Fadel Lamen, with rebel leaders in Libya last week, reveals their strategy.
Fadel Lamen is a journalist, writer, and Middle East/North Africa expert and cultural adviser based in Washington. He is a frequent traveler to the Middle East and has been published in Arabic and English newspapers and magazines. He has also been interviewed by major media outlets in English and Arabic on issues related to the Middle East, Islam, and American foreign policy.
As America celebrated the bin Laden killing, the response in the Middle East was more equivocal. Fadel Lamen translates the thoughts of angry leaders, probing columnists and Internet jihadis.
The strike that killed the dictator’s youngest son came nowhere close to killing Gaddafi, says Fadel Lamen’s Libyan sources, who also cast doubt on whether grandchildren were killed.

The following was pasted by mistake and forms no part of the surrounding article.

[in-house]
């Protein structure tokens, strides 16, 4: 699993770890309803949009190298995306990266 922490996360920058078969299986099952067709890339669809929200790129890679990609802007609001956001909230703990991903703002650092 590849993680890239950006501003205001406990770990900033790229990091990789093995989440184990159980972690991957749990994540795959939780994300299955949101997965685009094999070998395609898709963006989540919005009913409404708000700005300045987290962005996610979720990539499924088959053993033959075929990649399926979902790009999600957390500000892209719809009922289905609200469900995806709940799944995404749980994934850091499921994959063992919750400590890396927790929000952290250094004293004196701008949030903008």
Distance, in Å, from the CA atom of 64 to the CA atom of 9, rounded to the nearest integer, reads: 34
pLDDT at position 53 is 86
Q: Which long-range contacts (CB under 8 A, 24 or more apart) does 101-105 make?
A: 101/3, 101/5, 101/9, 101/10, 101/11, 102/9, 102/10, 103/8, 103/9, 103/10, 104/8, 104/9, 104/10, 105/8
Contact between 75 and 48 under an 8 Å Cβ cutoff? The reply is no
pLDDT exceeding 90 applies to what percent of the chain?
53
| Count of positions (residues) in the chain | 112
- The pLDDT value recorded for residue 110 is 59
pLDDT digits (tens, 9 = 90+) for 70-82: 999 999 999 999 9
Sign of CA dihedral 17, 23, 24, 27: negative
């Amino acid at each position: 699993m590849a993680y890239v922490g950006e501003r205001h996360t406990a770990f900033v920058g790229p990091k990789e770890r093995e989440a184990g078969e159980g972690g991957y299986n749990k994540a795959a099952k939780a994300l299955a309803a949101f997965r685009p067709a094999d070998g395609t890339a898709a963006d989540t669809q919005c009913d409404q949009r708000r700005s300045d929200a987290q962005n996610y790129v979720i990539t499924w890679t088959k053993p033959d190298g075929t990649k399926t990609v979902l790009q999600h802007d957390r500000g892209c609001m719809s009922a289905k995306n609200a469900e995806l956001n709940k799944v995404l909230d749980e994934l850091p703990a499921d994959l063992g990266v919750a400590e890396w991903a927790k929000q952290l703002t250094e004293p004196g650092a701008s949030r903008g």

With the Libyan resistance in retreat, opposition leader Mustafa Abdul Jalil tells The Daily Beast’s Fadel Lamen that his side needs a no-fly zone and a naval blockade to create a fair fight.
As both rebels and the Libyan dictator deny that a deal for his exit was proffered, a key insider reveals to Fadel Lamen the details of Gaddafi's offer—and the opposition's next move.
The Libyan dictator's bipolar antics on ABC Monday are consistent with a man who tried to execute me, held my young daughter hostage—and recently gave me a hug.
Assassins, coup attempts, Western sanctions, even a stroke—Muammar Gaddafi has survived them all for four decades. But the growing protests in Libya and his regime’s brutal response may put an end to his luck.